The Works in Verse and Prose Complete of the Right Honourable Fulke Greville, Lord Brooke ...: Essay on the poetry of Lord Brooke. Treatie of humane learning. An inqvisition vpon fame and honovr. Treatie of warres. Minor poems (hitherto uncollected)
private circulation, 1870
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aboue Aelian Alaham Arts Bacon Brooke's CŠlica Camena Cleombrotus corruption dead desire dimme diuine doth Earth England's Helicon euen euery euill eyes faith false Fame farre feare flesh fleshly FULKE GREVILLE giue glory God's goodnesse Gouernment grace grow hath haue heart heauen honour hope Humane Learning infinite iudge kings knowledge lawes leaue light liues LORD BROOKE loue man's minde moue moulds Mustapha Nature neuer noble Nutrix obiect opinion ouerthrowne passion Phineas Fletcher Poems Poet Poetry Pow'r pride princes proue raigne relative note Religion Rossa ruine scorne selfe Sense shadow Shakespeare shew sinne Sir Philip Sidney skie sonnet sonnet 97 sorie soule stanza Suidas sunne thee themselues things thou thought throne true truth tyrants vaine vanity Vertue vnder vnderstands vnto vpon W. A. Wright's Warre Whence wherein Wisdome wise words worth yeeld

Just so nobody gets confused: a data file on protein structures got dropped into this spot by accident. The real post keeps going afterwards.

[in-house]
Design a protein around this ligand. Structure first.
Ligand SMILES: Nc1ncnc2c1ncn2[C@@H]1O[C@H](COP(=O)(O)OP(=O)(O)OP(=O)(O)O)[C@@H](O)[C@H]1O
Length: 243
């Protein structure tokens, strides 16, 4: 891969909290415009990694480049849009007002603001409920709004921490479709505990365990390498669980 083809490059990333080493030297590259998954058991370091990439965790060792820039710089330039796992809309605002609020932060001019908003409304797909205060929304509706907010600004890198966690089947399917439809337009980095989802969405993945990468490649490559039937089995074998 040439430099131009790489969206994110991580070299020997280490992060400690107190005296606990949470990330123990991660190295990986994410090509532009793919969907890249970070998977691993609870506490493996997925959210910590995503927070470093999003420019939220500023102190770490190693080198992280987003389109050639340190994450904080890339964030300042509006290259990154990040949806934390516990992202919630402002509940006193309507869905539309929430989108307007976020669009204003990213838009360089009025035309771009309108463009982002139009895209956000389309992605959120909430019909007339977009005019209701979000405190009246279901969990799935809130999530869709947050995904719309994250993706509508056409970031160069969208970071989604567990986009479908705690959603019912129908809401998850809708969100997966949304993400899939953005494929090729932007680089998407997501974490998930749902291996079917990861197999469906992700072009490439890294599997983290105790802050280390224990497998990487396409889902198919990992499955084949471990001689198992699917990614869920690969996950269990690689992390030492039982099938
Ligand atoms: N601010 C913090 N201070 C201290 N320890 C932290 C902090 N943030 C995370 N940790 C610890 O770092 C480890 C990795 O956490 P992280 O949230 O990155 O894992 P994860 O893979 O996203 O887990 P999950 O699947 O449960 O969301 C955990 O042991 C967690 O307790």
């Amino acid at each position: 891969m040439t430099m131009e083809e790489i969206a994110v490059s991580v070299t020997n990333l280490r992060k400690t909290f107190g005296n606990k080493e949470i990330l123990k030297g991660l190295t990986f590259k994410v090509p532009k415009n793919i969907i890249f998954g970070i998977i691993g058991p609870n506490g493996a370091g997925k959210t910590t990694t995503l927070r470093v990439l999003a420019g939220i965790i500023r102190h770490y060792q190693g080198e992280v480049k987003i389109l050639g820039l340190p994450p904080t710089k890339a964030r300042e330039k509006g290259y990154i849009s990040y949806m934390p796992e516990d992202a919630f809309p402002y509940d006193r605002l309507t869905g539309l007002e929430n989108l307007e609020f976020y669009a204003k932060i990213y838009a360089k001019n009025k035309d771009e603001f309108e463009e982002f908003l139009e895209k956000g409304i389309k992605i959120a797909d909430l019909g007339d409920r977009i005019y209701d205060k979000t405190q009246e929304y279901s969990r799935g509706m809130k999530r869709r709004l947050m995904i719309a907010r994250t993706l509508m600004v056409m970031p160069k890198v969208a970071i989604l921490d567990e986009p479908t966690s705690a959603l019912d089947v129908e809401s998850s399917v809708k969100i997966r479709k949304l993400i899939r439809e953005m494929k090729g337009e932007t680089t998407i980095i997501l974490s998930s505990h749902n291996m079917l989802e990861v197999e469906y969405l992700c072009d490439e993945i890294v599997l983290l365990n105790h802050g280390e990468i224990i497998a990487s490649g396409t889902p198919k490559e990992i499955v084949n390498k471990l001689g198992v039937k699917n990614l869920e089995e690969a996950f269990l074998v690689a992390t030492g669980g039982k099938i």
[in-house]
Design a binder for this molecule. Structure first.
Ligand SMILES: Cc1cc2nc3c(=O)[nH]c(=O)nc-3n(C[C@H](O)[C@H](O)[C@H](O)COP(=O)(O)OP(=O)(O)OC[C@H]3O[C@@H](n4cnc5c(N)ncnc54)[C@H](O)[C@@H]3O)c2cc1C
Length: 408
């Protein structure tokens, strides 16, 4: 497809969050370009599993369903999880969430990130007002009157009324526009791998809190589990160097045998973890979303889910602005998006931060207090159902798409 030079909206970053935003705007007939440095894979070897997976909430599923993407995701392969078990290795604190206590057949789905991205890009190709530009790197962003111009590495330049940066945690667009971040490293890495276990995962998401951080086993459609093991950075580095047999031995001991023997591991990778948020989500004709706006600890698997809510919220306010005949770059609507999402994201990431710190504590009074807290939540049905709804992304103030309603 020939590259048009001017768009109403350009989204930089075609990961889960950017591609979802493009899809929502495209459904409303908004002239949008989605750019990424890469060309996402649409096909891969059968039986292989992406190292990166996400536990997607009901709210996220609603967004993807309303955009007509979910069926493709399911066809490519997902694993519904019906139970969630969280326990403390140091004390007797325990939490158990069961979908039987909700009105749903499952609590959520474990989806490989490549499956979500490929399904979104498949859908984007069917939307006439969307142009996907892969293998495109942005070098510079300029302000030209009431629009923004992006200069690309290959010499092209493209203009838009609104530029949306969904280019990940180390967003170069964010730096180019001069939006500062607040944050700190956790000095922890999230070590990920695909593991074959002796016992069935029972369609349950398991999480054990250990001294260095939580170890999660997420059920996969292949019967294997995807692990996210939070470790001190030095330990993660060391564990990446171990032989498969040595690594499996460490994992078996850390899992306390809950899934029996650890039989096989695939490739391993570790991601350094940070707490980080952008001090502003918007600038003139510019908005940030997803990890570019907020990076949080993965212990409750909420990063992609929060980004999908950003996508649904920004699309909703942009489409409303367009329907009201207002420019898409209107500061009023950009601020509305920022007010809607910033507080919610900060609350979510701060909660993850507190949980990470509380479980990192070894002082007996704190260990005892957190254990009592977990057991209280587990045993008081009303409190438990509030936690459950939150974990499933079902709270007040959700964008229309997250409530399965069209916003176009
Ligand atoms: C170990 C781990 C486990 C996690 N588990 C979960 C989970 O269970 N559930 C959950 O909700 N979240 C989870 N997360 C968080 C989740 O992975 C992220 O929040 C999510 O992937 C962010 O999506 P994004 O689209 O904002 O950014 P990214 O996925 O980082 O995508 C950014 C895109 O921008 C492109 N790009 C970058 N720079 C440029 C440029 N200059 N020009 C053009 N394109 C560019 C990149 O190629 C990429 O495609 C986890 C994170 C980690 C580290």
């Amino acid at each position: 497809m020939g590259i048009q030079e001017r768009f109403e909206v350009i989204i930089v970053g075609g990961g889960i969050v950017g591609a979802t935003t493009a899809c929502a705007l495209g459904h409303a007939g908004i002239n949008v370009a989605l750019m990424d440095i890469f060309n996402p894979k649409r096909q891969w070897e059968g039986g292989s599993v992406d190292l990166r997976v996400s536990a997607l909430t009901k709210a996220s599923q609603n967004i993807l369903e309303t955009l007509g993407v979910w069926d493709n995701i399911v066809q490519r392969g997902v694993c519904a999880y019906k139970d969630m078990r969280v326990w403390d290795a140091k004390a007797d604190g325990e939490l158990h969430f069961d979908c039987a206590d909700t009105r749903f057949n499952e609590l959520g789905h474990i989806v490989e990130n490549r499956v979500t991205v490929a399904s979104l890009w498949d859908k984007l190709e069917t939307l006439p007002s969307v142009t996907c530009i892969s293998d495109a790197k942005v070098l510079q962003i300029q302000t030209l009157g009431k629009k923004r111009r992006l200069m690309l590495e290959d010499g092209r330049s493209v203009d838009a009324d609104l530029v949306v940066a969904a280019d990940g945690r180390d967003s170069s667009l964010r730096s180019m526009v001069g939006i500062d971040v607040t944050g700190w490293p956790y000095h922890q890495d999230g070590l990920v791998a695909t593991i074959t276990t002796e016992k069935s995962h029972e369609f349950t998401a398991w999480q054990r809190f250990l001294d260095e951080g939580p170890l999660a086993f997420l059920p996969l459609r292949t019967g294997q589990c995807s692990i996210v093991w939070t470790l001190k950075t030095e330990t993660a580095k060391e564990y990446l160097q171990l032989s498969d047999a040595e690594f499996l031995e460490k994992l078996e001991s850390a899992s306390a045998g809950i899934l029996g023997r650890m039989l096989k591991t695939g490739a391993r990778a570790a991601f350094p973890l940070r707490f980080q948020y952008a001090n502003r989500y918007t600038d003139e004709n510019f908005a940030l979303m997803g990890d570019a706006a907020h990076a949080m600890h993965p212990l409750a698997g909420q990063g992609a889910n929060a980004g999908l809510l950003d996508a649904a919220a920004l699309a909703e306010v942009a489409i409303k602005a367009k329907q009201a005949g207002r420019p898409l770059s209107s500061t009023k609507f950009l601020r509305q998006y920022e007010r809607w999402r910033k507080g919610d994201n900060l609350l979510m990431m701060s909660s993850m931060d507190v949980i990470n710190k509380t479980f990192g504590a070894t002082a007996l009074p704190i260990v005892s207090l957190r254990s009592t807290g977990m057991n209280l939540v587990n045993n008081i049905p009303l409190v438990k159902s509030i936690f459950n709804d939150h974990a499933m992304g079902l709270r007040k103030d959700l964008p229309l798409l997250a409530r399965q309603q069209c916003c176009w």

Page xvii - Strength, comeliness of shape, or amplest merit, That woman's love can win, or long inherit ; But what it is, hard is to say, Harder to hit, Which way soever men refer it, Much like thy riddle, Samson, in one day Or seven, though one should musing sit.
Page xxi - THE mind of man is this world's true dimension, And knowledge is the measure of the mind...
Page lxi - Cynthia, because your horns look divers ways, Now darkened to the east, now to the west, Then at full glory once in thirty days, Sense doth believe that change is nature's rest. Poor earth, that dare presume to judge the sky: Cynthia is ever round, and never varies; Shadows and distance do abuse the eye, And in abused sense truth oft miscarries : Yet who this language to the people speaks, Opinion's empire, sense's idol, breaks.
Page lxix - Distinction lost, or gone down with the light; The eye a watch to inward senses plac'd, Not seeing, yet still having power of sight, Gives...
Page 9 - IMAGINATION. KNOWLEDGE'S next organ is imagination— A glass wherein the object of our sense Ought to respect true height or declination For understanding's clear intelligence ; But this power also hath her variation, Fixed in some, in some with difference, In all so shadowed with self-application As makes her pictures still too foul or fair, Not like the life in lineament or air. This power, besides, always cannot receive What sense reports, but what th...
Page 19 - What then are all these humane arts, and lights, But seas of errors ? In whose depths who sound, Of truth finde only shadowes, and no ground.
Page 46 - Is growne a Siren in the formes of pleading, Captiuing reason, with the painted skinne Of many words ; with empty sounds misleading Vs to false ends, by these false forms abuse, Brings neuer forth that Truth, whose name they vse.